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The plot of “Oh, Uncle!” is one of the countless variations on the “trading identities” trope. Per the Biograph Bulletin, the studio’s in-house publicity sheet, childless bachelor Uncle Zeke has prepared a will that leaves his fortune to his two nephews — the caveat being that in order to receive the inheritance, they must be unmarried. He tells each that he is coming for a visit. He finds the first nephew, Tom, already wed — plus Uncle Zeke detests the wife — so he’s out. . .
But none of this business is depicted in the film as released . . .
“Oh, Uncle!” begins with Bessie and Harry, our newlyweds, cuddling in a comfy chair, when their housemaid hands Harry a letter from his Uncle Zeke announcing he is coming for a visit, and casually mentioning the requirement for the inheritance. We see by the looks of horror on their faces that neither was aware of the peculiar terms of Uncle Zeke’s will.
Realizing the predicament their marriage has created, and thinking Uncle Zeke knows nothing of their recent wedding, Bessie comes up with a bold scheme to assume the identity of the maid (nicely played by an unfortunately anonymous actress).
At this point it becomes obvious that the Biograph Bulletin synopsis bears little resemblance to the final product on the reel, and probably reflects a more detailed original scenario that was severely trimmed during shooting in the rush to meet schedule.
In the finished film, it becomes clear to the viewer that Uncle Zeke has already seen the wedding notice for Harry and Bessie in the newspaper. But he has no intention of telling them that bit of information, thus his visit becomes an exercise in sadism toward the clueless couple, while they gamely continue in their ruse to fool Uncle Zeke into thinking Harry is still a bachelor.
Upon Uncle Zeke’s arrival, Bessie huddles with the maid in the kitchen (the scene of most of the film’s action) and puts on the maid’s apron and cap. In the living room Zeke arrives toting a suitcase, greeted by Harry. After admonishing Harry to remain unmarried, Zeke spies an assortment of ladies’ “unmentionables” that Bessie seems to have inadvertently left behind the living room chair after a previous cuddling session with Harry, plus a huge, broad-brimmed ladies’ hat. While Harry tries desperately to explain away those items, Zeke/Kirkwood gives us a knowing wink.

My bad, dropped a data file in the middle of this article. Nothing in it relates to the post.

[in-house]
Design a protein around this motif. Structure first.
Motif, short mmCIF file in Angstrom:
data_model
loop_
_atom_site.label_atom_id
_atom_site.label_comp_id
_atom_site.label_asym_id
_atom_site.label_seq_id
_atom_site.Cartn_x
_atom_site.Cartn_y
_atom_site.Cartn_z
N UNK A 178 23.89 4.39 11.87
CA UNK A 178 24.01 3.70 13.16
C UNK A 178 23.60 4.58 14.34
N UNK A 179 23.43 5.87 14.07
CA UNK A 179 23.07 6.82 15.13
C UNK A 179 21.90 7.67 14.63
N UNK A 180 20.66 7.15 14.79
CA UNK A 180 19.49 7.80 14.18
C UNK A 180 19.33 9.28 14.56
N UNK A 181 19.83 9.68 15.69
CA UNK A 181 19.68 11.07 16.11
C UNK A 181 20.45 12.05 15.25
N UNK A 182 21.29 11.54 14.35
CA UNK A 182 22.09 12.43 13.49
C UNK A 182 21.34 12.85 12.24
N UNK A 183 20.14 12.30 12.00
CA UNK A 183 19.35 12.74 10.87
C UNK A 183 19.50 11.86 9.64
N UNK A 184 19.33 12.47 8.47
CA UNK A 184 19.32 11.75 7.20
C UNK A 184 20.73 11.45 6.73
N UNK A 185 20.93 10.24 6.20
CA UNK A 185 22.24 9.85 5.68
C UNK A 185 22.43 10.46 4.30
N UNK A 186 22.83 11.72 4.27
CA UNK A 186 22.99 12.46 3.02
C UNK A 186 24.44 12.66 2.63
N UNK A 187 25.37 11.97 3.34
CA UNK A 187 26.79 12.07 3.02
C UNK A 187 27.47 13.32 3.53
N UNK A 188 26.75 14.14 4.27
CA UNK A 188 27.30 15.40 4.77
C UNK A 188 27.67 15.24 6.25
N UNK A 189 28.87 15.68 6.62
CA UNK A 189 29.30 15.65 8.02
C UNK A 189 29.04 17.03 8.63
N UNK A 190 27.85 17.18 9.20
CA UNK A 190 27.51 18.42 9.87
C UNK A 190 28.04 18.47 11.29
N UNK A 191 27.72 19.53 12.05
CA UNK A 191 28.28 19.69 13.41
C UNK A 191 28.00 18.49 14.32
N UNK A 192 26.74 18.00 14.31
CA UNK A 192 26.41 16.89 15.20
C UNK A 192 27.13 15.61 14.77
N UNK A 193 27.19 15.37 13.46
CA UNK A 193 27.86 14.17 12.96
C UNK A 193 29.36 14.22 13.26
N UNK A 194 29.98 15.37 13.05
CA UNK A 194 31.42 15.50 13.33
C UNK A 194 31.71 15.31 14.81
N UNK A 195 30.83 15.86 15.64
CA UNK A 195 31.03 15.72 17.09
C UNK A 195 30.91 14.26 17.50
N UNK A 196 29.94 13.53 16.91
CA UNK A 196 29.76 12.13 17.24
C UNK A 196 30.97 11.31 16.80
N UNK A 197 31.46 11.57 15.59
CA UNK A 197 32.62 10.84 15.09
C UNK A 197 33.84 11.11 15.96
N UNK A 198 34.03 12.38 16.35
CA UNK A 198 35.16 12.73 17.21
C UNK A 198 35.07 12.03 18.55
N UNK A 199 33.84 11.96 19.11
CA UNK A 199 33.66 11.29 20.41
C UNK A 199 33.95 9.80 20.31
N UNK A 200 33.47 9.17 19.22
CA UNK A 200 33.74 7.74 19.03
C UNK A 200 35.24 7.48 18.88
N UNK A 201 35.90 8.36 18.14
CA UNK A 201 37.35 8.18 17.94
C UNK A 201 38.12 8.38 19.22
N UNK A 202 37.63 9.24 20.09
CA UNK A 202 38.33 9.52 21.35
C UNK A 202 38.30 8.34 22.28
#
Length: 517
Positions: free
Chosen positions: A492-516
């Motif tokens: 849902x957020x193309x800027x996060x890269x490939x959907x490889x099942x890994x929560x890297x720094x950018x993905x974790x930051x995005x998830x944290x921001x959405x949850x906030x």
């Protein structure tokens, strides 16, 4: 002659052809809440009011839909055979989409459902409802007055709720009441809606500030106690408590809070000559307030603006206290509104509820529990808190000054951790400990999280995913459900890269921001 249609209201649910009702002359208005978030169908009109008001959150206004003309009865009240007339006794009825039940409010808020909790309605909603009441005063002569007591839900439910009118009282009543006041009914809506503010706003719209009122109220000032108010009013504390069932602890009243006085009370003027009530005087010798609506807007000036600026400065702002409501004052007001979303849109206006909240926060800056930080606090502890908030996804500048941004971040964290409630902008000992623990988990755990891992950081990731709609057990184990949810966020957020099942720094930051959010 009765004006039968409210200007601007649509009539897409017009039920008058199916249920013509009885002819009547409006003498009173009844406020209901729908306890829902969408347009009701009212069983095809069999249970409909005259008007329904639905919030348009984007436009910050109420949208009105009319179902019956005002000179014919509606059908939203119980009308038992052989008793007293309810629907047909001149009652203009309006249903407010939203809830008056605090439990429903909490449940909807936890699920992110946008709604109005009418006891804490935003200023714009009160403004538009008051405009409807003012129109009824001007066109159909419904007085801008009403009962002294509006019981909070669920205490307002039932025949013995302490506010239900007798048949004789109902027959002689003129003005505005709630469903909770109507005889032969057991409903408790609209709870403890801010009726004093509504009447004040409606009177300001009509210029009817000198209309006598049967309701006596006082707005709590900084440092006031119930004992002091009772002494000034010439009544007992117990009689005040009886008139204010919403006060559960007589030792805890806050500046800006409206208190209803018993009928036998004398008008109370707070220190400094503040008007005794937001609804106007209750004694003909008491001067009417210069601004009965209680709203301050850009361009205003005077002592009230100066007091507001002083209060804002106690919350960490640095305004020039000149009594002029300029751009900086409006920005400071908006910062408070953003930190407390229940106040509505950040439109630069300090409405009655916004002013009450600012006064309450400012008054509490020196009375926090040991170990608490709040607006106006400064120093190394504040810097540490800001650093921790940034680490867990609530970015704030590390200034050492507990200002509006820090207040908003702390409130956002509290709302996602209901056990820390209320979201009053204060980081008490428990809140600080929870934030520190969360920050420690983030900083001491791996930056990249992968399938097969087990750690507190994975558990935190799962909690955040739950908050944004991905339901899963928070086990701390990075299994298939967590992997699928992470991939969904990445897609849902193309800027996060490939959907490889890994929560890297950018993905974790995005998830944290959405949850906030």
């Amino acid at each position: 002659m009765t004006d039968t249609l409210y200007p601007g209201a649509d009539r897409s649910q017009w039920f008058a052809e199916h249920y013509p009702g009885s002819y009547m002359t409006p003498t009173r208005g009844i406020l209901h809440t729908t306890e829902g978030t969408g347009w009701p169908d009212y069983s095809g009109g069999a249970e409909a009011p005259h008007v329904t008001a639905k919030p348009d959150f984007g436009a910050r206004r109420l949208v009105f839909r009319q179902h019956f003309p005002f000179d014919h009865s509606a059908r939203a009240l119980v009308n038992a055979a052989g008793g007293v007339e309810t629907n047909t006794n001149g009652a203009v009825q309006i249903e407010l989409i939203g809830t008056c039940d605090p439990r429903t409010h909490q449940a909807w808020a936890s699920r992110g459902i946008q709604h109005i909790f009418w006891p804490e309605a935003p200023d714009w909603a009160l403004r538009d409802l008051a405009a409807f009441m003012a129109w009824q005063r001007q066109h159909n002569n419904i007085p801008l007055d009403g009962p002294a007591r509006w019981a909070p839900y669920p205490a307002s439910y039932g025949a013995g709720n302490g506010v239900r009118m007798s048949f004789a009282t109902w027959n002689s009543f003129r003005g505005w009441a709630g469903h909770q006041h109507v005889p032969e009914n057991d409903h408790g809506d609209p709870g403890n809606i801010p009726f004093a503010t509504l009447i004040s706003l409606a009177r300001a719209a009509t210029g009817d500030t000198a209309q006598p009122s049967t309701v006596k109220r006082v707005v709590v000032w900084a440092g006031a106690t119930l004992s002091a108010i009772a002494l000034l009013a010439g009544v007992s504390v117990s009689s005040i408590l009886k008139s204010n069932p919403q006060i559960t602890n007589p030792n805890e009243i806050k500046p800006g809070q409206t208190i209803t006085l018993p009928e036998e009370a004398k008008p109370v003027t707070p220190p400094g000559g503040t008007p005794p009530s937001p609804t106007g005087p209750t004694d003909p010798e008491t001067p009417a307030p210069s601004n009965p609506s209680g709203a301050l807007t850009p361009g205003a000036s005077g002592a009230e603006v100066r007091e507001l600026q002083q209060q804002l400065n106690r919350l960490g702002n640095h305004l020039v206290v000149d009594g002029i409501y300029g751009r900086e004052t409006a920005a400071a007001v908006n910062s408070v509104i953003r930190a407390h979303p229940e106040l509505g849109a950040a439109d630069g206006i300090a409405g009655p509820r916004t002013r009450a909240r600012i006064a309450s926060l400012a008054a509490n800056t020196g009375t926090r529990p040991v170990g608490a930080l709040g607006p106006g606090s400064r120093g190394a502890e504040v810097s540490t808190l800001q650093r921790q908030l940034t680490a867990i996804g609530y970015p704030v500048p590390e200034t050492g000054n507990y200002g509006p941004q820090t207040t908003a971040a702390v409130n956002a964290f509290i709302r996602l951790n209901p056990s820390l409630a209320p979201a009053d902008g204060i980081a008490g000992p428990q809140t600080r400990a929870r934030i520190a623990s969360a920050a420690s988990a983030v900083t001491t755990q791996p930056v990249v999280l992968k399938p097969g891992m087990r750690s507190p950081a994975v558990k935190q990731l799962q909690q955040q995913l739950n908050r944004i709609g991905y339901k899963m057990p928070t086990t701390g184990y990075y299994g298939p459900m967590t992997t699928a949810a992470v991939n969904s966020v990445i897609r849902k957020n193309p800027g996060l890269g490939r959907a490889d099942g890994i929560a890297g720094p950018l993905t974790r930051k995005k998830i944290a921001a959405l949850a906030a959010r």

Then . . . Uncle Zeke meets cute young Bessie as “the maid,” and becomes a quasi-incestuous lecher while Harry is reduced to the role of cuckolded husband. After he’s had enough fun groping Bessie and enjoying Harry’s apoplectic reactions, Uncle Zeke lets them in on the joke, waiving the newspaper to show them that he knew of their marriage all along! Let’s just say they take it much better than would most of us.
However, Uncle Zeke does make amends. During the final scene group-hug, Harry lifts the wallet from Zeke’s rear pocket and hands it to Bessie, who inspects its contents — much to Zeke’s amusement — and he lets her keep it. I’ll assume that he planned to give its contents as a wedding gift anyway, along with the dress and hosiery he brought in his trunk for no other discernible reason.
But Uncle Zeke gets the last laugh as he plants a big, non-consensual kiss squarely on the lips of a surprised Bessie as the film ends.
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Film scholars and historians of acting have made much of the contrast between Pickford’s restrained performance in “Oh, Uncle!” and the wild gesticulation and mugging of her co-players, Kirkwood and Quirk. To be sure, their performances lack subtlety, but this seems intentional — after all, this is broad farce.